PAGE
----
What Rights Does a Missouri Employer Have to Limit Guns in the Workplace?

In the latter part of 2016, Missouri gun laws were often in the news as the legislature passed bills designed to liberalize the carrying of firearms.  Changing laws and a spotlight on gun rights often raise questions from employers regarding what type of policies they are allowed to implement regarding guns in the workplace.  First, it is worth mentioning that the recent changes to Missouri law have not impacted the express statutory rights of Missouri employers in this regard.  In essence, as a result of the changes, effective January 1, 2017, most adults may carry a concealed firearm in Missouri without a state-issued permit and the training previously required in order to obtain a permit.  The legislature passed the bill containing this and other changes to Missouri’s gun laws last September, only to be vetoed by former Governor Nixon.  The Missouri legislature then overrode his veto to put the new laws into effect.  Prior to the passage of this law, carrying a concealed handgun required a concealed carry permit; now, a permit no longer is required.

Missouri law expressly provides that individuals may carry concealed firearms in the state of Missouri, but that right comes subject to numerous exceptions.  These exceptions include schools, sports arenas, police stations, hospitals, childcare facilities, bars, and more.  For employers, the key provision of the statute is a section providing that an employer may prohibit employees from bringing a firearm onto its premises.  The legal right of an employer to limit carrying of firearms by employees in the workplace varies considerably by state.  Despite loosening most controls regarding the carrying of firearms, Missouri continues to allow employers to set their own policy about guns in the workplace.  Additionally, an employer may prohibit an employee from carrying a firearm in a company-owned vehicle.  Note that if the workplace is open to the public, and if carrying a concealed firearm is to be prohibited, the employer should post one or more signs stating as much.  There are statutory specifications for the notice signs as well.

Since employers still have the right to restrict guns in the workplace, one might wonder whether the changes to Missouri gun law have any bearing in the workplace.  For employers who prohibit entirely the carrying of weapons in the workplace the answer should be no. For employers who do not have a policy for guns in the workplace, however, the changes would mean that employees or customers, if applicable would be legally allowed to carry concealed firearms into the employer’s place of business without a permit.  It is quite possible that this represents a relatively small change in the overall amount of individuals who might bring a firearm into the workplace.  It also means, however, that an individual who has not had the firearms training previously required of concealed carry permit holders now would be able to legally carry a firearm into the workplace.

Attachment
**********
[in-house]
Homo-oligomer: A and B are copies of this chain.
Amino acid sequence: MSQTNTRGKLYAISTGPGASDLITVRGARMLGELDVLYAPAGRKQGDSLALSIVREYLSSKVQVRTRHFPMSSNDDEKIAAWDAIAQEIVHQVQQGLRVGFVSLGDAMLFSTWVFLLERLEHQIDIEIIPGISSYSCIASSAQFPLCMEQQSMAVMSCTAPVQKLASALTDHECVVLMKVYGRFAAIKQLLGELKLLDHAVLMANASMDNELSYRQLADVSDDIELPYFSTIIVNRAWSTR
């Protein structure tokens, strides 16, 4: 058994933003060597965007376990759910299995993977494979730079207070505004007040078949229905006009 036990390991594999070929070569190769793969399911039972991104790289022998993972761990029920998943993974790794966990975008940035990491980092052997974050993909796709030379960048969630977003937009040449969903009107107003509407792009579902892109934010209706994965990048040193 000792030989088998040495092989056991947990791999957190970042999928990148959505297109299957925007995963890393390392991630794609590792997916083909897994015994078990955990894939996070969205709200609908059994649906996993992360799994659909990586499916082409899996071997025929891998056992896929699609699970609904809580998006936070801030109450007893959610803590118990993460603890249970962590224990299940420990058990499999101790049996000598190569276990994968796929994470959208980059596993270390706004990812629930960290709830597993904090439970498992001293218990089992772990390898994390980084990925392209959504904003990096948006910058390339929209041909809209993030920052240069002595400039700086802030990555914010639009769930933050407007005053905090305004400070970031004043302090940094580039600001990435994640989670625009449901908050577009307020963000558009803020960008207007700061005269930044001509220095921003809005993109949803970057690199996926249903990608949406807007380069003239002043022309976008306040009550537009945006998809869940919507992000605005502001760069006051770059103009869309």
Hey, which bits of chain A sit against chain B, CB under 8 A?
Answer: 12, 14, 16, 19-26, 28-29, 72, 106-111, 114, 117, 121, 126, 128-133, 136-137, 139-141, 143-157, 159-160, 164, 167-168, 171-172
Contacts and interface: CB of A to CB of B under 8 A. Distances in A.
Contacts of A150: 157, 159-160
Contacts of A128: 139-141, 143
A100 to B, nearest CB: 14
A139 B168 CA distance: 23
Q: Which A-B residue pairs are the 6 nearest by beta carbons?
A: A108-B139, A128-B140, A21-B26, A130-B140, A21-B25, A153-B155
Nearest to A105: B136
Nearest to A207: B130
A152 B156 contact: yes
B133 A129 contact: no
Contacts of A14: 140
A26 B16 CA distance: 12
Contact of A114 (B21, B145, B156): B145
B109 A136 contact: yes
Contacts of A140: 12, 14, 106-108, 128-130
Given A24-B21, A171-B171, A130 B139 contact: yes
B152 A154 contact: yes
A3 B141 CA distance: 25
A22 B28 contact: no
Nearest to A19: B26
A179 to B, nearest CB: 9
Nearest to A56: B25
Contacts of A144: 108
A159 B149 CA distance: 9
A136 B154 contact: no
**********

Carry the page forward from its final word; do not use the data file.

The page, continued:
We recommend all employers develop and implement a policy concerning individuals’ rights to bring firearms into the workplace. In addition, employers should make sure such policies are publicized to employees either through inclusion in an employee handbook or posting on the appropriate bulletin board.

The St. Louis employment attorneys at McMahon Berger have been representing employers across the country in labor and employment matters, including statutory compliance and employment policies, for almost sixty years, and are available to discuss these issues and others.  As always, the foregoing is for informational purposes only and does not constitute legal advice regarding any particular situation as every situation must be evaluated on its own facts. The choice of a lawyer is an important decision and should not be based solely on advertisements.

Learn more aboutMichael Powers
Michael represents the interests of management in all facets of labor and employment law, with an emphasis on employment litigation. He defends employers against discrimination claims brought under both Federal and State laws. He works on behalf of management to investigate and respond to employee claims before administrative agencies.